Thursday, May 10, 2001

City sued over shooting

Death part of pattern, suit claims

By Marie McCain and Howard Wilkinson
The Cincinnati Enquirer

        The city of Cincinnati is ultimately to blame for the shooting death of Timothy Thomas, contends a federal lawsuit filed Wednesday against the city and the officer who shot Mr. Thomas.

        The civil suit, filed on behalf of Mr. Thomas' survivors, seeks unspecified damages.

        It argues that the 19-year-old's April 7 death is indicative of a continuing pattern of civil rights abuses by Cincinnati police that the city has perpetuated by failing to adequately train and discipline its officers.

        Meanwhile, city solicitor Fay Dupuis said she would name a special prosecutor in the misdemeanor case against Officer Stephen Roach. Cincinnati City Council urged the appointment in a 7-2 vote.

        “There is no question that our people are fully qualified and have great experience trying misdemeanors,” said Ms. Dupuis, who supervises the city's prosecutors. “But if this is the direction a clear majority of council wants to go in, then that's what I will do,” she said.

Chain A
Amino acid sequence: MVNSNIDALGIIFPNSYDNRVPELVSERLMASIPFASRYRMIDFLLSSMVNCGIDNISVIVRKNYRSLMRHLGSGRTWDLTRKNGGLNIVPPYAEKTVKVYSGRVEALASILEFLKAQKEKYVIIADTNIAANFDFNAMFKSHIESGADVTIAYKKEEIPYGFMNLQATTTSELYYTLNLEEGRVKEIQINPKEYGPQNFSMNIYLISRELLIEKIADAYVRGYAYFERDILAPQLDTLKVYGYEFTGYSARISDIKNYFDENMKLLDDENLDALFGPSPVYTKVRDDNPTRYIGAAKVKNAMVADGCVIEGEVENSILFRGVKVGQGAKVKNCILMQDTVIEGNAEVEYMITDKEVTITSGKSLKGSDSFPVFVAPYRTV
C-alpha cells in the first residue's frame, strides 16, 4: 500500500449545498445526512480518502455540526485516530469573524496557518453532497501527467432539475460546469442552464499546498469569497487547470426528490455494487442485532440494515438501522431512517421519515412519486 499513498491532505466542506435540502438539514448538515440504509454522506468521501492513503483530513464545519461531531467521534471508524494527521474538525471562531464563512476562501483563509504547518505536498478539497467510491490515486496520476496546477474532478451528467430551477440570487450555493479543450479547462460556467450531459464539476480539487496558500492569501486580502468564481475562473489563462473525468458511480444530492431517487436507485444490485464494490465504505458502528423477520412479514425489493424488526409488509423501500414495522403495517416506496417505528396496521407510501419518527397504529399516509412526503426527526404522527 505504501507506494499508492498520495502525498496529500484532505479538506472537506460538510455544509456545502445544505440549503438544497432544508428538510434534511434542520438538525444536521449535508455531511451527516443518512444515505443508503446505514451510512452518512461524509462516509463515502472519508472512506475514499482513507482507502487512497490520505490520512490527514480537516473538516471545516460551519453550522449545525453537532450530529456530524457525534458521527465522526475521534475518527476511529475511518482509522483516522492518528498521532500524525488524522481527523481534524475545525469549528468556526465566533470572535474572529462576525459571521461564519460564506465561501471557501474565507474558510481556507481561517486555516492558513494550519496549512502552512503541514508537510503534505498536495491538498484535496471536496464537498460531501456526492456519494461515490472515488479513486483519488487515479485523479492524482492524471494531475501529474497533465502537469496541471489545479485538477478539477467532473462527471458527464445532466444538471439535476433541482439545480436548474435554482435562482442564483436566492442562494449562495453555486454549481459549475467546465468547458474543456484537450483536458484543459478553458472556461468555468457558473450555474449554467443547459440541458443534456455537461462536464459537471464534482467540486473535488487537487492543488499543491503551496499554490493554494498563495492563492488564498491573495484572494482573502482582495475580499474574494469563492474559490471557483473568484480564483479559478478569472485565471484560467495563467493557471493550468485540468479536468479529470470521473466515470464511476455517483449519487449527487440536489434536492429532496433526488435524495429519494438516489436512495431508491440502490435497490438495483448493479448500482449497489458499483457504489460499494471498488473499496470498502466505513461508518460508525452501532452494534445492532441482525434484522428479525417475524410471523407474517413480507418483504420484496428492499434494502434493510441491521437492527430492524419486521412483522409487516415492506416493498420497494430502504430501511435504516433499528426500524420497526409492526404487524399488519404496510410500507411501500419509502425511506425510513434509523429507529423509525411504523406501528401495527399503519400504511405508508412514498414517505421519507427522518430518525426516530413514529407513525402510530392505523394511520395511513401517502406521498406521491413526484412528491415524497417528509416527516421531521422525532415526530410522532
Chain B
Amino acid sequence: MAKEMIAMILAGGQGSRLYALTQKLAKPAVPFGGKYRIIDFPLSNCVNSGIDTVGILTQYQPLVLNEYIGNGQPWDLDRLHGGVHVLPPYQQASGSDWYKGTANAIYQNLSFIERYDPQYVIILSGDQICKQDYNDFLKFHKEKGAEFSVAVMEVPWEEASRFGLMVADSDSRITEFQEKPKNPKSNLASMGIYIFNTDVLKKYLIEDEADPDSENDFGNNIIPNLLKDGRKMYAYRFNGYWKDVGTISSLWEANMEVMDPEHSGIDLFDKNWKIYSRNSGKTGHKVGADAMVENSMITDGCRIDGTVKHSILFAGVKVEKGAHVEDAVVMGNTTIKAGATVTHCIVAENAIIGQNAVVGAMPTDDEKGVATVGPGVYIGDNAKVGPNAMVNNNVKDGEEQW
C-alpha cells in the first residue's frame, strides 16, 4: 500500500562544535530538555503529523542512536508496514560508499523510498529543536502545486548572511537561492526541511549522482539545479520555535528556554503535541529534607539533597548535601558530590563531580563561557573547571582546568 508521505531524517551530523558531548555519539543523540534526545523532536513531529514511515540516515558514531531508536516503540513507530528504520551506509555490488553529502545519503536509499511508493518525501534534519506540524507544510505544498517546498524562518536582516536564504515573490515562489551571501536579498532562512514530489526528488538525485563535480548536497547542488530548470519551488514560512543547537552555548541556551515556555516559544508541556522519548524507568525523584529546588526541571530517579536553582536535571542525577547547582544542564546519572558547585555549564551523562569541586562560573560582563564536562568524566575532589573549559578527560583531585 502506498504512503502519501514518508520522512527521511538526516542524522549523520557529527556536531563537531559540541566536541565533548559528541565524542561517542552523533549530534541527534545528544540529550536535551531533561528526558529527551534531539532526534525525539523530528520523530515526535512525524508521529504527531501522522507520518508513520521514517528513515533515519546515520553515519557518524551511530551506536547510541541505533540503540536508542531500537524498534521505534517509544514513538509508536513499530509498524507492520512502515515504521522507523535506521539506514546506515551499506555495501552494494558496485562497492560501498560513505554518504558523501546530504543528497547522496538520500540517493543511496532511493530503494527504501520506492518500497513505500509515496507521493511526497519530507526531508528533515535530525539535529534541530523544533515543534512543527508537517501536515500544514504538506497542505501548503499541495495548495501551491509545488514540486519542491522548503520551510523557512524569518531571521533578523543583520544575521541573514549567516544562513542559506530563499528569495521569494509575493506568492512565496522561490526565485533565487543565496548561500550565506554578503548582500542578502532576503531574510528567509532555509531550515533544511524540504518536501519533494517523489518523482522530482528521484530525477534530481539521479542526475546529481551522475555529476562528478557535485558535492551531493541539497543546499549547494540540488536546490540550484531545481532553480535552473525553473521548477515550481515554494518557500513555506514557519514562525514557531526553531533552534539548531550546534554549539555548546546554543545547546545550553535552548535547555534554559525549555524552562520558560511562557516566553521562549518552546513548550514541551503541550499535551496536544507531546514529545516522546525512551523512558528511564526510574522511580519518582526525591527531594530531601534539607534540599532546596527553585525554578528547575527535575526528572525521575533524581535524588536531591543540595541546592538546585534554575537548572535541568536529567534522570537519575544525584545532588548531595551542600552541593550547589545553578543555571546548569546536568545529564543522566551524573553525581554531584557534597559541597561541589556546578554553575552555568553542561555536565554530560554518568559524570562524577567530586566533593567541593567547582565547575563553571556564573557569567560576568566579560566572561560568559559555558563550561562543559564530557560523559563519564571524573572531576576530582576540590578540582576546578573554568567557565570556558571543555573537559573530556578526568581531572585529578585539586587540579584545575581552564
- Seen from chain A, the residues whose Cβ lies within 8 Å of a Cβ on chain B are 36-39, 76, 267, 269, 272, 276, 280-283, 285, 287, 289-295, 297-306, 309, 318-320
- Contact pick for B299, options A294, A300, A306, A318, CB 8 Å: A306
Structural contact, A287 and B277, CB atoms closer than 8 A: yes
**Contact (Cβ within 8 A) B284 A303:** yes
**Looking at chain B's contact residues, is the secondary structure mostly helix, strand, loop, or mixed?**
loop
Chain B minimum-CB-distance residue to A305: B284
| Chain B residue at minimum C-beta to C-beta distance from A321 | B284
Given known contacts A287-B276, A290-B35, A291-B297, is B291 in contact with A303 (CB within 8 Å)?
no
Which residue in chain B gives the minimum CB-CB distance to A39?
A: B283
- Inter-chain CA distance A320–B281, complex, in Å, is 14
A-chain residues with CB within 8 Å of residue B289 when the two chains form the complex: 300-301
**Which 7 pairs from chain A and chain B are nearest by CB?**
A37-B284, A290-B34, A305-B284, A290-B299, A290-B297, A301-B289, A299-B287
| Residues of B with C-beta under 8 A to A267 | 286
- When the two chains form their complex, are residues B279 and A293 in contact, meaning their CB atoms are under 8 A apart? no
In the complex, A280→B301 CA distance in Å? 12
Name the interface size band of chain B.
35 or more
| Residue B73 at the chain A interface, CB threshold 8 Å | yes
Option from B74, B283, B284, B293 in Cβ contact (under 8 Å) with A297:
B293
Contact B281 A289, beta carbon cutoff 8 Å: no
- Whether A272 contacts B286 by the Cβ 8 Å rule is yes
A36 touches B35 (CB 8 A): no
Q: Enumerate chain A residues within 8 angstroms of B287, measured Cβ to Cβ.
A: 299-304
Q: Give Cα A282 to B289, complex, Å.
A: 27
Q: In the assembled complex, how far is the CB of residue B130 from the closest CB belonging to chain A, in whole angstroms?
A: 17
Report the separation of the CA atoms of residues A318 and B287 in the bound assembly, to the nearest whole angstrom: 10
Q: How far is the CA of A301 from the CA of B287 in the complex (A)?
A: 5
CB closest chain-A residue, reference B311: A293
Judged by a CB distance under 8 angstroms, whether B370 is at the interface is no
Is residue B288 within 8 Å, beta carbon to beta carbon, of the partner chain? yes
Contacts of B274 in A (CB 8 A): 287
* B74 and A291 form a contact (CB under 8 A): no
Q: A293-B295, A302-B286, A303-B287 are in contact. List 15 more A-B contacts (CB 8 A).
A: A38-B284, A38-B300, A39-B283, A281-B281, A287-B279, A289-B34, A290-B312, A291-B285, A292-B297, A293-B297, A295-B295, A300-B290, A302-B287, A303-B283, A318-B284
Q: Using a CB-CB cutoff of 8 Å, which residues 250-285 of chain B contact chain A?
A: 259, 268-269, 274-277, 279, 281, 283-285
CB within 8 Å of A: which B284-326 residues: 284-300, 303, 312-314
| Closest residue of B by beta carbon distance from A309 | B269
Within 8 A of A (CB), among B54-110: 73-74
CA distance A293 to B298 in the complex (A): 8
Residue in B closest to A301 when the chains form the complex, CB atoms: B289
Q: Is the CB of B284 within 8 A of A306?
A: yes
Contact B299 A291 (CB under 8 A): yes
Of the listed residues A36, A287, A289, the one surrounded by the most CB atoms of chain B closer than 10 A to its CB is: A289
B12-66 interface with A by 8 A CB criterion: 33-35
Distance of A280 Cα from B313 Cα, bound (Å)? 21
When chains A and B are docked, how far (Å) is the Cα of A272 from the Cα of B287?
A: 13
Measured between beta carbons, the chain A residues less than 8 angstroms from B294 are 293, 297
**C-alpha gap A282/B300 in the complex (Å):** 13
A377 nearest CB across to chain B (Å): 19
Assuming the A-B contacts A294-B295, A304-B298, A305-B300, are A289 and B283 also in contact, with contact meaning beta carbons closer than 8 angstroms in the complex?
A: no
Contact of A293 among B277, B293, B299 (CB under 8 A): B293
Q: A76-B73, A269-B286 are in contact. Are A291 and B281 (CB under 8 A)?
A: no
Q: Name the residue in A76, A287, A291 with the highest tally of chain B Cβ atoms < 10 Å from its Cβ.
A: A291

The special prosecutor recommendation was initiated by Councilwoman Alicia Reece. The vote was advisory since the city charter states that only the city solicitor can decide how the city's criminal cases are prosecuted.

[photo] Council member Alicia Reece led the call for a special prosecutor for the trial of Officer Stephen Roach.
(Steven M. Herppich photo)
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        Officer Roach pleaded not guilty Wednesday to charges of negligent homicide and obstructing official business. He is scheduled for a pretrial hearing May 24 before Hamilton County Municipal Court Judge Ralph E. Winkler.

        The officer shot and killed Mr. Thomas after a brief foot chase through Over-the-Rhine April 7. Mr. Thomas had been wanted on multiple misdemeanor warrants and was unarmed.

        The shooting set off several days of rioting in Cincinnati last month when anger in the black community over a series of deaths of black men at the hands of Cincinnati police boiled over.

        Mr. Thomas' death, the lawsuit claims, stems from the pattern of civil rights abuses by officers “who have lied about their actions in fatal shootings to justify a claim of self-defense.”

        The suit also cites the 1999 fatal police shootings of Carey Tompkins and Michael Carpenter and the 1997 shooting of Lorenzo Collins as examples of a pattern of civil rights abuses. The lawsuit mirrors concerns outlined by federal Department of Justice officials, who have opened an investigation into the patterns and practices of Cincinnati police that may violate residents' civil rights.

        Attorneys for the city and for Officer Roach did not return phone calls Wednesday.

        Angela Leisure, Mr. Thomas' mother, referred questions to her attorney, Ken Lawson.

        Mr. Lawson said his clients chose to file this lawsuit now because of a grand jury's failure to level a felony charge against Officer Roach.